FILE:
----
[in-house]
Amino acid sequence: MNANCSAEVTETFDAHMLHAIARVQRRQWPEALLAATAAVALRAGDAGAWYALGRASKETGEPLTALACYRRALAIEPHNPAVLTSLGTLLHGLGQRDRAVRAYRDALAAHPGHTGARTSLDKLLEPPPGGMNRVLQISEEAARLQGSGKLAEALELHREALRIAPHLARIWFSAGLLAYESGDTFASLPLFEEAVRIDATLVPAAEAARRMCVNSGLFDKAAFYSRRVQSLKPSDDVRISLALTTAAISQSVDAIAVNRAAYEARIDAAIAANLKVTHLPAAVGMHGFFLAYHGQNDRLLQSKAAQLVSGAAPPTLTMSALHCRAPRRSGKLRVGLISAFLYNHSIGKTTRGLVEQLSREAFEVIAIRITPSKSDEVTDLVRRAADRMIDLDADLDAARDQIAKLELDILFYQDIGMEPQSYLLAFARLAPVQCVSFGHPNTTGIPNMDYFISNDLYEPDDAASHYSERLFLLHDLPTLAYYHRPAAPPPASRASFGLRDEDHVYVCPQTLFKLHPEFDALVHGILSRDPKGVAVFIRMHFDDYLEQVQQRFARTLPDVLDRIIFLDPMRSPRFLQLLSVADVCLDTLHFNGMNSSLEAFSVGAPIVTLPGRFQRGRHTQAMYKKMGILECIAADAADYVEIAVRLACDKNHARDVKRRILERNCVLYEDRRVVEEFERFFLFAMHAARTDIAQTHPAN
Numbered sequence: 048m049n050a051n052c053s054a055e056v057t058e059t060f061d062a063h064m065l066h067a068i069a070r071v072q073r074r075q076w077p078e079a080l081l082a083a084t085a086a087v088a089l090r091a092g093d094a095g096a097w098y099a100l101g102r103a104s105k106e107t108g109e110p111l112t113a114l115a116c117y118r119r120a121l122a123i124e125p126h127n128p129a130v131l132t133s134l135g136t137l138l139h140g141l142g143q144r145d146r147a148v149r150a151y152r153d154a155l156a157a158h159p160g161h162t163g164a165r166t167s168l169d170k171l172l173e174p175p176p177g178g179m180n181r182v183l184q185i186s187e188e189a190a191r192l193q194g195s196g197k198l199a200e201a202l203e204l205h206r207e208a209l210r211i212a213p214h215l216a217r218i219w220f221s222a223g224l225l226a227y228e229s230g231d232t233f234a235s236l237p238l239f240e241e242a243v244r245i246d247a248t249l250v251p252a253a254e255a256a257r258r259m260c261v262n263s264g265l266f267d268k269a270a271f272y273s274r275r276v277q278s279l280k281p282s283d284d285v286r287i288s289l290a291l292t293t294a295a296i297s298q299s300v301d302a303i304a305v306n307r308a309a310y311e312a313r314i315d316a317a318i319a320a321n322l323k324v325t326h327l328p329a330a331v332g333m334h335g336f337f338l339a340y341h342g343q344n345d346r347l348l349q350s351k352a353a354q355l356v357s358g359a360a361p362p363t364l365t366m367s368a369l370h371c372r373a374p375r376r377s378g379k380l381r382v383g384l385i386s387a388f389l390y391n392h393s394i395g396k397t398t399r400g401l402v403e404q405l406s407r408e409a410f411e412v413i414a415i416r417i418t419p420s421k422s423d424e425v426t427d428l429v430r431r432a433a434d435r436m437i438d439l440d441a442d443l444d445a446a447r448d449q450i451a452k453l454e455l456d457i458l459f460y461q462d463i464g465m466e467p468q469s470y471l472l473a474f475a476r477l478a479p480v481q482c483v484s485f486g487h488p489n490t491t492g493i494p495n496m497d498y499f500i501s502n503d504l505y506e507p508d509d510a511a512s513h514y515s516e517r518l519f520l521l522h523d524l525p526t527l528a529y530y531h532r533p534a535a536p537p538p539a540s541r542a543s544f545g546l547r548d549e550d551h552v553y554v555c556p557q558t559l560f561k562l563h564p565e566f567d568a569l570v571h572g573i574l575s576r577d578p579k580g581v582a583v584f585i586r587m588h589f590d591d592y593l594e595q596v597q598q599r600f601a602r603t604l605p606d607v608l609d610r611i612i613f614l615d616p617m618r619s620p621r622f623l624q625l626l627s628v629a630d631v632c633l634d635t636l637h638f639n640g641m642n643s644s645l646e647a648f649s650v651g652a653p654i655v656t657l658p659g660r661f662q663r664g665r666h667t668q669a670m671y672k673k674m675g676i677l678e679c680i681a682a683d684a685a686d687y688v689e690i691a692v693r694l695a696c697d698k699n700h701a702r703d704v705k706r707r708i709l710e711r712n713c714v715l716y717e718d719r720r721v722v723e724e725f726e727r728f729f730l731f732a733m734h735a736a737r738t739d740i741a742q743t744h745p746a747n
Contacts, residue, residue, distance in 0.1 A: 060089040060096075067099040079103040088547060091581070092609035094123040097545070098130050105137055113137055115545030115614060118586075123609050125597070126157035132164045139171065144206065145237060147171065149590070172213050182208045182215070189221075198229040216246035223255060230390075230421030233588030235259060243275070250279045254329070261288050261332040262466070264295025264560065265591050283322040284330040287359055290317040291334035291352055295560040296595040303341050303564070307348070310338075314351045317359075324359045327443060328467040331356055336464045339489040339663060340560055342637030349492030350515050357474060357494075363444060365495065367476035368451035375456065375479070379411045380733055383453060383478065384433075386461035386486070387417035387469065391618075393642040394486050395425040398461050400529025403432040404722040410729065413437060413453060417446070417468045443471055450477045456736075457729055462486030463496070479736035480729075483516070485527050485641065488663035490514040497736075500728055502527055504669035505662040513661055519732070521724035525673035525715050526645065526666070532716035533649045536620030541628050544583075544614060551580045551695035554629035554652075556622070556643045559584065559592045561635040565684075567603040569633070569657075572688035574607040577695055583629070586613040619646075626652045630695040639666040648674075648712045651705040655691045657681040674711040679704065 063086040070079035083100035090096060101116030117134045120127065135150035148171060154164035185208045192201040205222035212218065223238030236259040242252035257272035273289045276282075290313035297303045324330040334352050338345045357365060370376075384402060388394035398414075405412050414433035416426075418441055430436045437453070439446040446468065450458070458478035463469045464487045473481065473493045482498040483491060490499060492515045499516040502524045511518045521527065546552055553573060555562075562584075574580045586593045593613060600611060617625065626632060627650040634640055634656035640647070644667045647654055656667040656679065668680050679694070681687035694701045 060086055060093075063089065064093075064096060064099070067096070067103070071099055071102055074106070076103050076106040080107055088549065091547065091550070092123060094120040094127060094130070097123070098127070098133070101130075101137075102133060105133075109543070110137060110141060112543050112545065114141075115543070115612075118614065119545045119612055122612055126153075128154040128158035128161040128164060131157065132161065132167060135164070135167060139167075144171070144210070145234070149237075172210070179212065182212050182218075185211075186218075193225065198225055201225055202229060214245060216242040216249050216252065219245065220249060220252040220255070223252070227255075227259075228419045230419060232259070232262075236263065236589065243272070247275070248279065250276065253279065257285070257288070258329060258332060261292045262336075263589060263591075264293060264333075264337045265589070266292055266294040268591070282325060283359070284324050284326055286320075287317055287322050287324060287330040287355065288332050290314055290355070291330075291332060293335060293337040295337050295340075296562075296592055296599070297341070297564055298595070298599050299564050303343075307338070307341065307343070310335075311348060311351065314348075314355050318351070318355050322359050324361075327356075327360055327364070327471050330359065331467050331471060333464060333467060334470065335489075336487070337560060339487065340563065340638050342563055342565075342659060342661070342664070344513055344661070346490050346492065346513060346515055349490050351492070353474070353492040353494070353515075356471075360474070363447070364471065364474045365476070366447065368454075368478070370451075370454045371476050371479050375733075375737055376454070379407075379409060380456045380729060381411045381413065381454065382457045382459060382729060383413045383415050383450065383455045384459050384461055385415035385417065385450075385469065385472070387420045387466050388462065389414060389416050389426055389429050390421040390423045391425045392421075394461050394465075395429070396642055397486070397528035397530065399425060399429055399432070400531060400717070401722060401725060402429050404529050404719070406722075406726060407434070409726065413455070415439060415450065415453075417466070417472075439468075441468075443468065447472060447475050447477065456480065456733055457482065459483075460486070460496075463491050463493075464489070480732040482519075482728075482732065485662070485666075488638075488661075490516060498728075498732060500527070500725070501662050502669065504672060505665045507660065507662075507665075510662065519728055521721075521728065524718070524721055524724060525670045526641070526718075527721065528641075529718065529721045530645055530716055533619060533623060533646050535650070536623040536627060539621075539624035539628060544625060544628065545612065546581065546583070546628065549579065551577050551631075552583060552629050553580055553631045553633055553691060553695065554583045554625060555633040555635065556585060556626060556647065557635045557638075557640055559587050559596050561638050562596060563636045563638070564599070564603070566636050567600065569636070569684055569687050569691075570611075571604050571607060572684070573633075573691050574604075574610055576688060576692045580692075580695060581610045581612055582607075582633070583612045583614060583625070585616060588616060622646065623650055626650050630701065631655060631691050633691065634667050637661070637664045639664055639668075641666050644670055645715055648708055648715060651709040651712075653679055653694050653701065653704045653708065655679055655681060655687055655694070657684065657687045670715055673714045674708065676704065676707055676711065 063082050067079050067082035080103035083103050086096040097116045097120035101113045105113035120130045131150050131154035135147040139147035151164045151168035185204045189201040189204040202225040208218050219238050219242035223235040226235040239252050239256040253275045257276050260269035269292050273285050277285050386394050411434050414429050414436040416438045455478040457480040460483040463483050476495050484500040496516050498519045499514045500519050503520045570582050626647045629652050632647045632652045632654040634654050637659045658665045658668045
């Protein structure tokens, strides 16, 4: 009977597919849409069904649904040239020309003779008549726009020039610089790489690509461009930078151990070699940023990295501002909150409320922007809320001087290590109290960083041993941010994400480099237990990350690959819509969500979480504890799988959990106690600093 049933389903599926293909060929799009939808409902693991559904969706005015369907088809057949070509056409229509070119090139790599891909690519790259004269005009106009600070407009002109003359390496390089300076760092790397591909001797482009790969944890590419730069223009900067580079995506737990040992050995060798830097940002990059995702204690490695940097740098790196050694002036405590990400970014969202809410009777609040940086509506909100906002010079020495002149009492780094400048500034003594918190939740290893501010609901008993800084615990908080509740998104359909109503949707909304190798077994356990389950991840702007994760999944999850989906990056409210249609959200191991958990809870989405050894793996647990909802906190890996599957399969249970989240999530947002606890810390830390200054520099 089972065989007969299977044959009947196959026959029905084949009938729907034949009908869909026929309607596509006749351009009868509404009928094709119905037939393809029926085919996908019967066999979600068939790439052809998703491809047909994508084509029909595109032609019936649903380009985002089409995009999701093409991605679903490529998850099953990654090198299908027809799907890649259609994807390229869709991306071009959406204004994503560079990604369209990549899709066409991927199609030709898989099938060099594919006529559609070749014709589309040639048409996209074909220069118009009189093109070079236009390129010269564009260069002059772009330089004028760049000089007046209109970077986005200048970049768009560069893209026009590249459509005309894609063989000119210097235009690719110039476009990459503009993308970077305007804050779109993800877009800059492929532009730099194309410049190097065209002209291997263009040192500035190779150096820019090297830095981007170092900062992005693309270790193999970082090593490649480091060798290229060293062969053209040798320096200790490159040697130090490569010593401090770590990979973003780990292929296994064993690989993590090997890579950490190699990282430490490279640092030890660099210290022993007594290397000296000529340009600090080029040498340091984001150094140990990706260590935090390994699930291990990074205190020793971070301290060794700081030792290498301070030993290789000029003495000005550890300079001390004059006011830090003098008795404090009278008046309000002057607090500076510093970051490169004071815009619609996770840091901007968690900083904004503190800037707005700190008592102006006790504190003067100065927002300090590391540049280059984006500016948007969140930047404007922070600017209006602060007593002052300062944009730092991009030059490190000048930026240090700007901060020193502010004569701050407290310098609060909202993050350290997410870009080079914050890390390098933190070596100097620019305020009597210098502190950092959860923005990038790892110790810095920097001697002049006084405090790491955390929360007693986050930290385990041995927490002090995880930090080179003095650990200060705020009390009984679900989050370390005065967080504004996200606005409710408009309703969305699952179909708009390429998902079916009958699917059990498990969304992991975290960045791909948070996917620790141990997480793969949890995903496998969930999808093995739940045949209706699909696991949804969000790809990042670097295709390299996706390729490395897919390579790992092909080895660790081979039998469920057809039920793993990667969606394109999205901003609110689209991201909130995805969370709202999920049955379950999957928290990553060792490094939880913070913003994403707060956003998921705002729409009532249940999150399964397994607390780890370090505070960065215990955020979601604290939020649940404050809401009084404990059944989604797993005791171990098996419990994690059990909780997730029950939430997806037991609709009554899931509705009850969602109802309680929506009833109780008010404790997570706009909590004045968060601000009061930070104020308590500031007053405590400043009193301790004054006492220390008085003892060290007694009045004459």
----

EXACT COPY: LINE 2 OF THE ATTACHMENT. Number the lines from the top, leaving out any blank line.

Amino acid sequence: MNANCSAEVTETFDAHMLHAIARVQRRQWPEALLAATAAVALRAGDAGAWYALGRASKETGEPLTALACYRRALAIEPHNPAVLTSLGTLLHGLGQRDRAVRAYRDALAAHPGHTGARTSLDKLLEPPPGGMNRVLQISEEAARLQGSGKLAEALELHREALRIAPHLARIWFSAGLLAYESGDTFASLPLFEEAVRIDATLVPAAEAARRMCVNSGLFDKAAFYSRRVQSLKPSDDVRISLALTTAAISQSVDAIAVNRAAYEARIDAAIAANLKVTHLPAAVGMHGFFLAYHGQNDRLLQSKAAQLVSGAAPPTLTMSALHCRAPRRSGKLRVGLISAFLYNHSIGKTTRGLVEQLSREAFEVIAIRITPSKSDEVTDLVRRAADRMIDLDADLDAARDQIAKLELDILFYQDIGMEPQSYLLAFARLAPVQCVSFGHPNTTGIPNMDYFISNDLYEPDDAASHYSERLFLLHDLPTLAYYHRPAAPPPASRASFGLRDEDHVYVCPQTLFKLHPEFDALVHGILSRDPKGVAVFIRMHFDDYLEQVQQRFARTLPDVLDRIIFLDPMRSPRFLQLLSVADVCLDTLHFNGMNSSLEAFSVGAPIVTLPGRFQRGRHTQAMYKKMGILECIAADAADYVEIAVRLACDKNHARDVKRRILERNCVLYEDRRVVEEFERFFLFAMHAARTDIAQTHPAN